A phone number spoofing site has been brought down in the UK’s biggest ever fraud sting.

The site has been used by criminals to scam thousands of victims out of millions of pounds.

British law enforcement members were part of a global operation to bring down ispoof.cc, a website that police describe as an online fraud shop.

They worked with Dutch law enforcement who tapped the website’s servers in the Netherlands to secretly listen to phone calls.

Technology bought from the site was used by fraudsters and at one point, as many as 20 people were targeted every minute by callers who used it.

Hereford Times: Internet users who go to ispoof.cc now see a notice that it has been seized by law enforcementInternet users who go to ispoof.cc now see a notice that it has been seized by law enforcement (Image: PA)

How did criminals use ispoof to scam people?

Criminals, who found out about the site from adverts posted on channels on encrypted messaging app Telegram, used it to buy technology that gave them the chance to mask their phone number.

They used this technology to trick victims into thinking that the phone number calling them was their bank.

After persuading the victims to give them personal details, the fraudsters would steal money.

One victim was scammed and lost £3 million and the average loss among the 4,785 people who have reported being targeted to Action Fraud is £10,000.

Despite nearly 5,000 reports being logged, it’s thought that there are many more potential victims.

Of 10 million fraudulent calls made, 35% were in the UK while 40% were in the United States with the rest being spread across multiple countries.

Around 70,000 UK phone numbers that were contacted by criminals that used the site will receive an alert from the Metropolitan Police via text message on Thursday and Friday and they’ll be asked to contact the force.

Hereford Times: Metropolitan Police Commissioner Sir Mark Rowley said the number of potential UK victims is ‘extraordinary’Metropolitan Police Commissioner Sir Mark Rowley said the number of potential UK victims is ‘extraordinary’ (Image: Carl de Souza/PA)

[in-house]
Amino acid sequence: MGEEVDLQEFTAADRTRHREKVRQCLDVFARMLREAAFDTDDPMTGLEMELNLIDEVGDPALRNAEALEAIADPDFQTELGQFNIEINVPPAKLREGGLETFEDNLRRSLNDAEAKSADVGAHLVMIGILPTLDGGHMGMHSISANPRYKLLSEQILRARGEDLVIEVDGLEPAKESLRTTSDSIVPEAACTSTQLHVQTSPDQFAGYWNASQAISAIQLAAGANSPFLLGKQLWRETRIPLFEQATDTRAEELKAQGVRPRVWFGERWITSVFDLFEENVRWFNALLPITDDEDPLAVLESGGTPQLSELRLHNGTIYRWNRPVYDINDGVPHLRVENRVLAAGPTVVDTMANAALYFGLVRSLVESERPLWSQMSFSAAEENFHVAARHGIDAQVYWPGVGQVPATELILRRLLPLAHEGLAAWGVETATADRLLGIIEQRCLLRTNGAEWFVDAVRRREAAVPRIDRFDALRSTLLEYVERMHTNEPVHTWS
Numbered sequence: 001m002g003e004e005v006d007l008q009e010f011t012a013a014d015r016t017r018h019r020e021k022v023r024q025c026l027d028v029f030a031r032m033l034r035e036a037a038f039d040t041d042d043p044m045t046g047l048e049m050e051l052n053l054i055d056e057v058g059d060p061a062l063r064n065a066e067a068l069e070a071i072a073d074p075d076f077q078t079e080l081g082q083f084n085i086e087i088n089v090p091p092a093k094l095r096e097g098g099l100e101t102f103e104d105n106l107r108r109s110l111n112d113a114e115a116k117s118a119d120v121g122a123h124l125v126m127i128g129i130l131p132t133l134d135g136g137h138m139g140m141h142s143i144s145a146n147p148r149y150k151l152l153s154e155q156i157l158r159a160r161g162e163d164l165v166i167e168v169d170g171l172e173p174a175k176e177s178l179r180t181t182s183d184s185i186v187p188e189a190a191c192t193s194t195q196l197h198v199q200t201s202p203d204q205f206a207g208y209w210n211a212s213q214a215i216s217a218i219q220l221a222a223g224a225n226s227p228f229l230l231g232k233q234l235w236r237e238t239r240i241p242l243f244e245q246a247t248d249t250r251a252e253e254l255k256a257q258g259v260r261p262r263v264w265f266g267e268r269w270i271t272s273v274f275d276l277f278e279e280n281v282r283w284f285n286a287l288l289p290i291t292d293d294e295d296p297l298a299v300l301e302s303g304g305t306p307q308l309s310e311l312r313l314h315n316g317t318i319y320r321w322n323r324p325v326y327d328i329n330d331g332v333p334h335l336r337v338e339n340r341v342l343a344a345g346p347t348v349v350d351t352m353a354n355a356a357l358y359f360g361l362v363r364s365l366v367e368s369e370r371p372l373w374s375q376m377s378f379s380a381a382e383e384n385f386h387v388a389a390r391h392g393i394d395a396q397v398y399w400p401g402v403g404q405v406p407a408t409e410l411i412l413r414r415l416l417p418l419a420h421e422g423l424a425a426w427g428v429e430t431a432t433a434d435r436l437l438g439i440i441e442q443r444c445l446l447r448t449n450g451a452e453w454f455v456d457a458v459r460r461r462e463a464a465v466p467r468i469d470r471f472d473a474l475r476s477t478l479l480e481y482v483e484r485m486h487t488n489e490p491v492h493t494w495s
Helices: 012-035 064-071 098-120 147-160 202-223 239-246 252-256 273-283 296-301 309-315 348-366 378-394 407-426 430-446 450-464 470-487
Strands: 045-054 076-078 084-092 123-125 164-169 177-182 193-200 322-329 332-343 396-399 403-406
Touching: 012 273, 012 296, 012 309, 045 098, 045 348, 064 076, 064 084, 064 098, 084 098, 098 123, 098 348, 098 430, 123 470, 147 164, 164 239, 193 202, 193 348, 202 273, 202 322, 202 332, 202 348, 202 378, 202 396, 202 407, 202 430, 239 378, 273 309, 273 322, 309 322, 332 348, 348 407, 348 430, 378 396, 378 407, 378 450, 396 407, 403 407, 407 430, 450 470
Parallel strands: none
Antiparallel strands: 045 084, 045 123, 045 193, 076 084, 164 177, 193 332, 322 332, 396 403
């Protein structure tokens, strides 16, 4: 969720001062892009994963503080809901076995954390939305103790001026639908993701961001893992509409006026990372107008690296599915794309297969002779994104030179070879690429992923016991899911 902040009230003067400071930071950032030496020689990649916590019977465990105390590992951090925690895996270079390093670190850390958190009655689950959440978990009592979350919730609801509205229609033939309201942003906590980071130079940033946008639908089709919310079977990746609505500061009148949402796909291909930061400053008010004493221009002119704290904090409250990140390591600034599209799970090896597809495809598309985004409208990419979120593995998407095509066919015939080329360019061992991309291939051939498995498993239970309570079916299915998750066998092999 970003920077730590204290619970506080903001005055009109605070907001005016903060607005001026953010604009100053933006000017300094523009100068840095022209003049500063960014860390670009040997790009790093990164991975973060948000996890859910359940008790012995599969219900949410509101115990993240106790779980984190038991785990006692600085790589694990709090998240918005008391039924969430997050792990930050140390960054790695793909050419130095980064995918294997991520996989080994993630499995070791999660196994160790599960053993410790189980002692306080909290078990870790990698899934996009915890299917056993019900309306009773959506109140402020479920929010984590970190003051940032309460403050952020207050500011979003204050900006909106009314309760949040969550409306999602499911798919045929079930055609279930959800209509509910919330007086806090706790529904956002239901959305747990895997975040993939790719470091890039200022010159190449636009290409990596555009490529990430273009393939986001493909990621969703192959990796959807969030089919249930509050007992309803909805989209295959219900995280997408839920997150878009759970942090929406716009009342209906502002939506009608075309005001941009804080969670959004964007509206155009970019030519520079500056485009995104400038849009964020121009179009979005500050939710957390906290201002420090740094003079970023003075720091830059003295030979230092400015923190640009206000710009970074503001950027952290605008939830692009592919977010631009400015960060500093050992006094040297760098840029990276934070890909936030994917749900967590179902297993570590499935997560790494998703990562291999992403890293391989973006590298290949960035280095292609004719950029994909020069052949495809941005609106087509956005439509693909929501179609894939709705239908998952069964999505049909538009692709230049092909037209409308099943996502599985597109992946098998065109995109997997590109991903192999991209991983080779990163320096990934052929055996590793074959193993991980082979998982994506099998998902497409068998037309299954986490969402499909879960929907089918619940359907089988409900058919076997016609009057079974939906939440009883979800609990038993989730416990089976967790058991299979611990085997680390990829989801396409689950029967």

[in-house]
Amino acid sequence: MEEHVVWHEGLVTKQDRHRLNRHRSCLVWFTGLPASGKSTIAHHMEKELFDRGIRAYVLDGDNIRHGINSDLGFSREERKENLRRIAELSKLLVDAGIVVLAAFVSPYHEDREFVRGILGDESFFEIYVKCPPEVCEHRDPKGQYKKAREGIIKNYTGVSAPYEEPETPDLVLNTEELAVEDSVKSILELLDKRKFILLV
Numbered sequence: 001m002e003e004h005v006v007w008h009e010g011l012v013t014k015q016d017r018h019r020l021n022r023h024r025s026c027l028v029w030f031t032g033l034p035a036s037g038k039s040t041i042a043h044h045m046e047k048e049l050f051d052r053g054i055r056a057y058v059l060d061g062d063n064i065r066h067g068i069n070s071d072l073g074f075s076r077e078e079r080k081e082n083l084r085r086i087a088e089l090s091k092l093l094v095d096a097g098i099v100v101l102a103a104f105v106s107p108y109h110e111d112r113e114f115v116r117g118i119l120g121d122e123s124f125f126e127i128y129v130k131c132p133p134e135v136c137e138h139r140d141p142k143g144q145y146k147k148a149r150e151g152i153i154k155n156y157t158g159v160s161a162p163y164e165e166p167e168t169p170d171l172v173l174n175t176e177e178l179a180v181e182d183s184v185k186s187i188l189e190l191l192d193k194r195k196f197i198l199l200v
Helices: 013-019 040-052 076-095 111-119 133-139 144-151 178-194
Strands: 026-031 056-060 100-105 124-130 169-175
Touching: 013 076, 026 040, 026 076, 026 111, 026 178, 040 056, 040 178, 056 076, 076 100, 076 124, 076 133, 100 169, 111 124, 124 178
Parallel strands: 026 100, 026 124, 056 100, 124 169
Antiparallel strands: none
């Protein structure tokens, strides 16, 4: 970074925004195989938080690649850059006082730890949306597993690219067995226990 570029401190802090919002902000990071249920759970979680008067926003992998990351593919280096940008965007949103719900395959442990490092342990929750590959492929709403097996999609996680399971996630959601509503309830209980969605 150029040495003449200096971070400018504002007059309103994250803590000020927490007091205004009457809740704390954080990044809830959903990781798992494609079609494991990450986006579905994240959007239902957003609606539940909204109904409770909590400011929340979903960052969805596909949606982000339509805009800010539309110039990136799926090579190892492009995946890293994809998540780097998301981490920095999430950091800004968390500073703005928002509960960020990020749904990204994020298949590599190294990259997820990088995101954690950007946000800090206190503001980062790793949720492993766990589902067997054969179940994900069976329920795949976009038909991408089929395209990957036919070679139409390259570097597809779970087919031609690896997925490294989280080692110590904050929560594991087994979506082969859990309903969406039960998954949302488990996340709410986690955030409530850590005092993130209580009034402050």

Metropolitan Police Commissioner Sir Mark Rowley acknowledged it is “slightly bizarre” that potential fraud victims would be contacted via text about the crime but he encouraged people, if contacted, to go through the official police website.

He told BBC Radio 4’s Today programme: “There is something sort of slightly bizarre about this, isn’t there, which is why we’re encouraging people to actually go on to the Met Police website and they’ll find the shortcuts and links there to report this.

“So don’t respond to any texts with sort of dodgy shortcuts and things. Come through official websites is the best way of doing this.

“But we want to hear from you because the people we message in the next 24 hours have been victims of fraud or attempted fraud and we can stack all these offences against the people we’ve been arresting.”

120 arrests have been made so far with 103 being in London and 17 outside the capital.


These arrests include the alleged site administrator Teejay Fletcher, 35.

Fletcher was arrested in east London earlier this month and is facing criminal charges.

Police said Fletcher, an alleged member of an organised crime group, was living a “lavish” lifestyle.

Sir Mark said the number of potential UK victims is “extraordinary”, adding: “What we are doing here is trying to industrialise our response to the organised criminals’ industrialisation of the problem.”

What is ispoof?

Ispoof was created in December 2020 and had 59,000 users at its peak.

It allowed users to pay for the criminal software using Bitcoin, with charges ranging from £150 to £5,000 per month.

The site is said to have made more than £3 million profit.

In June 2021, UK police began investigating the site, opting for ispoof as the largest criminal site that was based in the country.

Detective Superintendent Helen Rance, who leads on cyber crime for the Met, said: “By taking down ispoof we have prevented further offences and stopped fraudsters targeting future victims.

“Our message to criminals who have used this website is we have your details and are working hard to locate you, regardless of where you are.”